Local sheep farmers in the district are experiencing calcium deficient ewes known as Hypocalcaemia. This is a common calcium disorder for ewes that becomes more frequent at lambing time.
This disorder is common during this period, as the lamb is entirely dependent on the ewe to provide calcium to build strong bones for the first few weeks. The peak demand for calcium for a lamb is at 10 days of age, but that demand on the ewe steadily increases from midway through pregnancy, as the lamb’s bones begin to calcify.
Inadequate calcium supply by a ewe to her lamb means the lamb has lower bone calcium stores, and as an adult will be more at risk of hypocalcaemia when lambing, perpetuating the risk into the next generation.
The disorder is more common in transported sheep and those in stressful situations, such as when yarded for shearing in winter.
Fortunately, if recognised early, a simple treatment with a calcium solution injected under the skin and oral supplements will affect a recovery in most sheep.
Farmers can influence the risk of hypocalcaemia by ensuring the ewes get fed a balanced diet, which contains at least 3 gm/kg DM calcium, and up to 5 gm/kg in ewes with multiple lambs. Legume forages are great sources of calcium, and cereal grains are poor.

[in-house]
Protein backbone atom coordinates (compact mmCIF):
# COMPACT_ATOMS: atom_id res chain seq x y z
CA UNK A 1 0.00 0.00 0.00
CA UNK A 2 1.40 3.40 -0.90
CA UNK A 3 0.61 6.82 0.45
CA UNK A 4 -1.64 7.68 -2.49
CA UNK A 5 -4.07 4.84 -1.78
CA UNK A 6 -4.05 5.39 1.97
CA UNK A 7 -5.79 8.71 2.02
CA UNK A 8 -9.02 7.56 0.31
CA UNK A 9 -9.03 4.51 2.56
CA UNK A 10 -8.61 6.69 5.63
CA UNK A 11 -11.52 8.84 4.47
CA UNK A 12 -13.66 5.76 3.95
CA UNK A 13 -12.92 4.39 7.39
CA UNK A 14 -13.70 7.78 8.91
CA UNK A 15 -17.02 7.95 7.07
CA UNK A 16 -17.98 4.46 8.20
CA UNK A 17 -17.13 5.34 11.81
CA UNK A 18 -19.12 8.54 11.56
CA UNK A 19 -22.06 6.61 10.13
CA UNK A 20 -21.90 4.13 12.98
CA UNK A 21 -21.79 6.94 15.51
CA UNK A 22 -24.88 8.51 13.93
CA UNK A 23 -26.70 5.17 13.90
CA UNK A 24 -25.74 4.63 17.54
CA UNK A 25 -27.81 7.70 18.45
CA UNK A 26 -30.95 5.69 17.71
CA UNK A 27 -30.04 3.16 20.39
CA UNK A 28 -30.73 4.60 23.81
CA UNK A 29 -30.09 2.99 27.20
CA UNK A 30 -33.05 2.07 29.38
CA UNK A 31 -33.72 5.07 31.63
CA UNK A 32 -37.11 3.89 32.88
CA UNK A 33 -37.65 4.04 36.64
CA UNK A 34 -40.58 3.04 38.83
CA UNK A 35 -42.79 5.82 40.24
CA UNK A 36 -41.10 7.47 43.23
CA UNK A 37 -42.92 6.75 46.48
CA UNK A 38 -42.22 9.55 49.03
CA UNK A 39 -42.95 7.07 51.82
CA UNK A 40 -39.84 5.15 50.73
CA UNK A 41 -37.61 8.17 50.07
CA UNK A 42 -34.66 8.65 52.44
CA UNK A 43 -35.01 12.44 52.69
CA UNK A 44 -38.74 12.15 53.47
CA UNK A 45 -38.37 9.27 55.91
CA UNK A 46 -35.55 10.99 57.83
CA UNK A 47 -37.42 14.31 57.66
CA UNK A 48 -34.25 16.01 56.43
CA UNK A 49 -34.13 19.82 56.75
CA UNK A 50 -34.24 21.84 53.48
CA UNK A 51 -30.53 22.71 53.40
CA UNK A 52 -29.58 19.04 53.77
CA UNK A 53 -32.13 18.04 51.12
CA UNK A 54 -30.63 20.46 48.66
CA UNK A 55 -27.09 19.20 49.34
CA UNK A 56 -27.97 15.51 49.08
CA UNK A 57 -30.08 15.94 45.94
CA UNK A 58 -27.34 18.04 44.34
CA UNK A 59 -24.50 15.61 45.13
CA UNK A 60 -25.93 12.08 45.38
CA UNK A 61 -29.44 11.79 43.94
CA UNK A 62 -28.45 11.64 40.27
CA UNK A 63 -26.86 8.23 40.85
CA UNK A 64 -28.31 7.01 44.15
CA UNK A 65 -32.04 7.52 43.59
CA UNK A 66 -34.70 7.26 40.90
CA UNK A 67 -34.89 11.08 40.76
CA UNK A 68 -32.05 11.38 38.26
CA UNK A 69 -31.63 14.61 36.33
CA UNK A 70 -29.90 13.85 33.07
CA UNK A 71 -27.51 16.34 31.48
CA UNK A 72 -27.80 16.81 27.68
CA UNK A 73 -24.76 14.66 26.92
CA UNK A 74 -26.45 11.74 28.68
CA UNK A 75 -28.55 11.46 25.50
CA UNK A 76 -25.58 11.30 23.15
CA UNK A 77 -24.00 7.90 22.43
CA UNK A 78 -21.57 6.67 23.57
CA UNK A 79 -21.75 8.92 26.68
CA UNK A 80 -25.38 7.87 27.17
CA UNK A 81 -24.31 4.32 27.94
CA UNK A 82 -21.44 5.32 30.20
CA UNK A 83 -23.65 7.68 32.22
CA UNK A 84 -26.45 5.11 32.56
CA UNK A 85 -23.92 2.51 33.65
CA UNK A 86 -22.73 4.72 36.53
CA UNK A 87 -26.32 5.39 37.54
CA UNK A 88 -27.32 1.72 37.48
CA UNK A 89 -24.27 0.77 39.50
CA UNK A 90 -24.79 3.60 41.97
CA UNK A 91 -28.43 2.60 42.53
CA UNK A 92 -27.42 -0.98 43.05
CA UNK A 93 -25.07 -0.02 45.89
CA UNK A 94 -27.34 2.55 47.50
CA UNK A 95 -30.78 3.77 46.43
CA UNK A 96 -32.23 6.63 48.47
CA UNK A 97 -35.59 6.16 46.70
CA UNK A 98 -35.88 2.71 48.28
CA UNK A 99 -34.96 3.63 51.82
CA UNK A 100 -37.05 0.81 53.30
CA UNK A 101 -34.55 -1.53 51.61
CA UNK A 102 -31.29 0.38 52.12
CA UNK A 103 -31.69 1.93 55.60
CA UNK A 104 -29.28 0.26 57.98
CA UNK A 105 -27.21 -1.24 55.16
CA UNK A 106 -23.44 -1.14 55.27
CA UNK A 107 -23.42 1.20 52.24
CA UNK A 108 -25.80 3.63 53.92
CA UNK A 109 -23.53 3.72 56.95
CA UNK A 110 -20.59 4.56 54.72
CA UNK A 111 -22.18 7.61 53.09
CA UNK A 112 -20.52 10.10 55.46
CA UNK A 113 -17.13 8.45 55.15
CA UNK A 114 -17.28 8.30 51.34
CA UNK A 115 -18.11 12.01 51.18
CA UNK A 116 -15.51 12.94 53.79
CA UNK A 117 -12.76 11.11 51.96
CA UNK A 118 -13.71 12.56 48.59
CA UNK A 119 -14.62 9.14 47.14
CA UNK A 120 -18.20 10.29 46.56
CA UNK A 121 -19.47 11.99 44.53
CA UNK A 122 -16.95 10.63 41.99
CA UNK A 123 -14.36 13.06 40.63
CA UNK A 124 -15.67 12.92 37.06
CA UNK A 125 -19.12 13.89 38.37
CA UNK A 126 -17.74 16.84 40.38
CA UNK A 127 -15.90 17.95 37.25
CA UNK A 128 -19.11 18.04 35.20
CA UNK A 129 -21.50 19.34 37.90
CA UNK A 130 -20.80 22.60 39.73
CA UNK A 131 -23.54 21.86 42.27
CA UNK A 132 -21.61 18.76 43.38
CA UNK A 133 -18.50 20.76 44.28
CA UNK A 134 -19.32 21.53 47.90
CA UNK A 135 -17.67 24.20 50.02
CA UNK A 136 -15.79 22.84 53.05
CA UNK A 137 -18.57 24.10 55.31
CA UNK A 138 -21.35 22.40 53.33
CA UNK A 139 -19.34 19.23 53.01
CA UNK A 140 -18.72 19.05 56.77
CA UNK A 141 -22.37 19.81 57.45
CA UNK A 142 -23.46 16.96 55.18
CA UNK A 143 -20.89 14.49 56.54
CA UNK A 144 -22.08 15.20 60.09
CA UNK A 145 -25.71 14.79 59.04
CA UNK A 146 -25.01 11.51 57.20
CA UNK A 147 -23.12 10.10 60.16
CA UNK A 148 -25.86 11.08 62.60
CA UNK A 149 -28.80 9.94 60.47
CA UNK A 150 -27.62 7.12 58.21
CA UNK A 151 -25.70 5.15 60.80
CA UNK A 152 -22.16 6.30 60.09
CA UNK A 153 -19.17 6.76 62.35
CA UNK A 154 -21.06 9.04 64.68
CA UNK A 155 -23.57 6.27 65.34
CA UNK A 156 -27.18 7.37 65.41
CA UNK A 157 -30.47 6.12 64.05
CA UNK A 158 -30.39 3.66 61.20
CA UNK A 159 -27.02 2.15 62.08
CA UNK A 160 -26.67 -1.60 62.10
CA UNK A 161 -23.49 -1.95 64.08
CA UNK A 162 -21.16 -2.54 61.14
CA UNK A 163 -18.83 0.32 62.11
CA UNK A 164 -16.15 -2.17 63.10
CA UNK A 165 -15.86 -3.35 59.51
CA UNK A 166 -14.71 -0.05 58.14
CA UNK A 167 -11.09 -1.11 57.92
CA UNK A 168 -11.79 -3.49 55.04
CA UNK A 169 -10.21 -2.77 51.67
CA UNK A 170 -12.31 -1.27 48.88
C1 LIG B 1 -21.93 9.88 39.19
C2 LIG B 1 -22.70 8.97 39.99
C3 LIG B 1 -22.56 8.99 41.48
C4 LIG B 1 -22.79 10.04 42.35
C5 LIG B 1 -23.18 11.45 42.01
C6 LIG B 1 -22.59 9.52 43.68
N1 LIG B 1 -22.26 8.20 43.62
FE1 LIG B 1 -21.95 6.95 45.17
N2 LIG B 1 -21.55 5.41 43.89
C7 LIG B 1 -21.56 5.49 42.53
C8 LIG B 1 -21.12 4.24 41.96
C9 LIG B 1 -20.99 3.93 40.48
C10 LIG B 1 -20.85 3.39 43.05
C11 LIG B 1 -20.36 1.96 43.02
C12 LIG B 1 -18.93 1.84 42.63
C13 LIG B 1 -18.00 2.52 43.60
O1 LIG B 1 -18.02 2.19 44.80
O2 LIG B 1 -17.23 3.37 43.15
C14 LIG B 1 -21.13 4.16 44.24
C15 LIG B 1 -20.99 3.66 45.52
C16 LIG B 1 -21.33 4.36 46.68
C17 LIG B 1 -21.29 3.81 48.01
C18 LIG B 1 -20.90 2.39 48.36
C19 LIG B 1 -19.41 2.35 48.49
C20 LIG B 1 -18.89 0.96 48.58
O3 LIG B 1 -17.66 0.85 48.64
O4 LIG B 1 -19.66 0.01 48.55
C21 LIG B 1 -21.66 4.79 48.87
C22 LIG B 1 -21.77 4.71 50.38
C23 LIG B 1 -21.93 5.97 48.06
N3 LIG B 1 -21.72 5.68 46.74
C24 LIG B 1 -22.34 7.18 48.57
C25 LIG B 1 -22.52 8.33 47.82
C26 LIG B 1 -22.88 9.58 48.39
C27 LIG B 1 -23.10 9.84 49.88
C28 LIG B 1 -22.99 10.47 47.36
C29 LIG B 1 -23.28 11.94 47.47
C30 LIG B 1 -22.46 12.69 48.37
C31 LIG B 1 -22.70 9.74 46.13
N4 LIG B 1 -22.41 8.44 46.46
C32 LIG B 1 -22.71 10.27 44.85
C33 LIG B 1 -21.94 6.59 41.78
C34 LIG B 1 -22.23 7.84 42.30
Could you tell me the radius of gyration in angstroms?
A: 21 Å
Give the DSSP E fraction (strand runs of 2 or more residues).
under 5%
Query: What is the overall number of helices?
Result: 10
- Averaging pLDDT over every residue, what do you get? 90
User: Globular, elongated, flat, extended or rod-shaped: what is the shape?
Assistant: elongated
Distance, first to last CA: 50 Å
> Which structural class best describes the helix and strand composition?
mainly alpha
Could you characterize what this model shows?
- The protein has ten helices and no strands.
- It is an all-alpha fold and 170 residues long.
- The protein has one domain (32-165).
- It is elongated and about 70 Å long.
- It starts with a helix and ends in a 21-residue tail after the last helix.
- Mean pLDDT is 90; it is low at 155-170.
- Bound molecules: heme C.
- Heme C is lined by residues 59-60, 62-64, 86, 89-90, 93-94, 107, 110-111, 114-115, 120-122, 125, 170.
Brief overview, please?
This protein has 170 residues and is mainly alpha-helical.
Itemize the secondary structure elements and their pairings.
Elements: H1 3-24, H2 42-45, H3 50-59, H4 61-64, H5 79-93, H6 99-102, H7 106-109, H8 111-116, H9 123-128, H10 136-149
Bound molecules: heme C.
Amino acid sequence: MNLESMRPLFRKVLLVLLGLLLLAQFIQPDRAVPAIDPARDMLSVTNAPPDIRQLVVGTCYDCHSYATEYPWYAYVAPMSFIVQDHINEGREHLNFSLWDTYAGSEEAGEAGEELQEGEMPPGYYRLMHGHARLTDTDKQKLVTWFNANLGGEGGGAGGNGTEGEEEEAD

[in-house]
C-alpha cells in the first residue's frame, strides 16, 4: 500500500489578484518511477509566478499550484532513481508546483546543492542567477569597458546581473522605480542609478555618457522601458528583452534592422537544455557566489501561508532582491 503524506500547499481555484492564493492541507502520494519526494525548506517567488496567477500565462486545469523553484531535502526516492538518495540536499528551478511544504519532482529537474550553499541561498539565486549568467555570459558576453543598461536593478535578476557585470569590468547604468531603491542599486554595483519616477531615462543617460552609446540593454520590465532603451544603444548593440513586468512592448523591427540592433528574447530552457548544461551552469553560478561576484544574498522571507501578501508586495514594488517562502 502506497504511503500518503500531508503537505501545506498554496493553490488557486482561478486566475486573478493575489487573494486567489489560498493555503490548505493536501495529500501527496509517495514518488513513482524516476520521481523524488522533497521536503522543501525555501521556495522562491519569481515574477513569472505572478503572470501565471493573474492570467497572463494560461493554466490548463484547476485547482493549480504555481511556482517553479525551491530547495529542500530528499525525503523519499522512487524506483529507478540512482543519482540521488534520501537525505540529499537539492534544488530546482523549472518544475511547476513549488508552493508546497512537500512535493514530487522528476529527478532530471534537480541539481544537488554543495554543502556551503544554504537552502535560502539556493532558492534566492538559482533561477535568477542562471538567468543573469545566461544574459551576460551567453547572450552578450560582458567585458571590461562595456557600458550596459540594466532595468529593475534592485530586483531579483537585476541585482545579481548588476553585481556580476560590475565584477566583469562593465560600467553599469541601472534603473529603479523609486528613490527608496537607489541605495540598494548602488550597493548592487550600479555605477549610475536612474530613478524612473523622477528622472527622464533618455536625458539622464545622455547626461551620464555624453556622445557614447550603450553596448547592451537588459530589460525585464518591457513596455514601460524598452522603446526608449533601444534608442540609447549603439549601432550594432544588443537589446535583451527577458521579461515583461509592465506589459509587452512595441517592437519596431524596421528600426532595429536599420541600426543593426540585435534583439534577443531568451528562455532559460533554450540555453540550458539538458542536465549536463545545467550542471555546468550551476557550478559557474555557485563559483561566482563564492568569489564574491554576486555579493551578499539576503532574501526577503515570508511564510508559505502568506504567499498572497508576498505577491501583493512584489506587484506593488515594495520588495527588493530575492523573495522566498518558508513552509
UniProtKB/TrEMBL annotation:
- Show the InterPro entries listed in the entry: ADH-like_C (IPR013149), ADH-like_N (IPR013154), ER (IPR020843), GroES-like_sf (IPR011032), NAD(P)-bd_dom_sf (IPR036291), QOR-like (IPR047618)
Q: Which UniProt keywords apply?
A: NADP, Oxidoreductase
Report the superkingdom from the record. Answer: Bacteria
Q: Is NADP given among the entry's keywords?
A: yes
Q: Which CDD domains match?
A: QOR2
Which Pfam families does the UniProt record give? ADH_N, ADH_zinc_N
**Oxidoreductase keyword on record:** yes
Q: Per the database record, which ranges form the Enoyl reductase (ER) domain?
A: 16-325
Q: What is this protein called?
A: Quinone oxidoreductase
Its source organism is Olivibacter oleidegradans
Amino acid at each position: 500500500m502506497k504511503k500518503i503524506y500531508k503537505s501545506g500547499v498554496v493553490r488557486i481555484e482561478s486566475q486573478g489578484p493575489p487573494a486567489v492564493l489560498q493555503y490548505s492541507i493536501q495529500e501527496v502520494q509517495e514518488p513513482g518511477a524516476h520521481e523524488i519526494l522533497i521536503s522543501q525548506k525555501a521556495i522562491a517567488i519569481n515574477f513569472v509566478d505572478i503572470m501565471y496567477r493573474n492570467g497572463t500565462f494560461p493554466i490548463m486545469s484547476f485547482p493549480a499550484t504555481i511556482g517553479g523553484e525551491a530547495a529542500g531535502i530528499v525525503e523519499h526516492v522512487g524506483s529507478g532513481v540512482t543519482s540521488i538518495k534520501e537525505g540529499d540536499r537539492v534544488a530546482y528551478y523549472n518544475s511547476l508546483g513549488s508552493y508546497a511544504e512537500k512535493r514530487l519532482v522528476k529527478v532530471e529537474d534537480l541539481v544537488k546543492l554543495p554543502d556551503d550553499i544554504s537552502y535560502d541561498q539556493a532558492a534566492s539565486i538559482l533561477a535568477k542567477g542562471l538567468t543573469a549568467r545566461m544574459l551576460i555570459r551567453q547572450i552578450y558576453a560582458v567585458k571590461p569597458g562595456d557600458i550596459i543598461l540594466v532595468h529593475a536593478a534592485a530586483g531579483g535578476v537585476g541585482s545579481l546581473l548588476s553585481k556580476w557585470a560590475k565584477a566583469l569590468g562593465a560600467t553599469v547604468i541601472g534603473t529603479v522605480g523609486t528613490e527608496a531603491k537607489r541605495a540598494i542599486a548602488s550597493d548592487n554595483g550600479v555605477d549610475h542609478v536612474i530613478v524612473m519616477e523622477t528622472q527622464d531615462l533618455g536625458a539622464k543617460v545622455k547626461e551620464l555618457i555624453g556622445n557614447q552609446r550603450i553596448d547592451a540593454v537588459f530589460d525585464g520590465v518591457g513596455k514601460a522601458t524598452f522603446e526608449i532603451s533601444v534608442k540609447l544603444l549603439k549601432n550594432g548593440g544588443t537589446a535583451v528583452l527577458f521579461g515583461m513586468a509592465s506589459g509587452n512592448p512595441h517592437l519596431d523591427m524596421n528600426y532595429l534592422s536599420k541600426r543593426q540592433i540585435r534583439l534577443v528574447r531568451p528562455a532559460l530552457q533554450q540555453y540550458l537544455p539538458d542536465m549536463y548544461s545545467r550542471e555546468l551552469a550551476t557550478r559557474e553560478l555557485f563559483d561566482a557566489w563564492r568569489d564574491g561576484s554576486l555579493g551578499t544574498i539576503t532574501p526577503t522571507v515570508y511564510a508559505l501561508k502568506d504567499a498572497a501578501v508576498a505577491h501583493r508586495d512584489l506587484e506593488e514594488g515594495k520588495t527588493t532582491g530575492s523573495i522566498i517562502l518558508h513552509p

As pasture and fodder tops up the supply of calcium to the lamb during pregnancy and early lactation, anything that disrupts the supply or absorption of calcium from the feed puts ewes at risk of hypocalcaemia. This is where mustering or transport have their ef- fects, through disruption to the supply of calcium.
Diseases such as ‘worms’, which affect the absorption of nutrients, or copper deficiency, which interferes with calcium metabolism, can produce osteomalacia (‘soft bones’, or rickets) in lambs. Some pas- tures lack calcium or contain chemicals that interfere with calcium metabolism. Examples include oxalate containing weeds, green cereal crops, and rye grasses, which may contain compounds that have an anti-vitamin D effect. Vitamin D is a hormone formed in the body through exposure to sunlight and is important in assisting the uptake of calcium from the diet.
Sourced from agriculture.vic.gov.au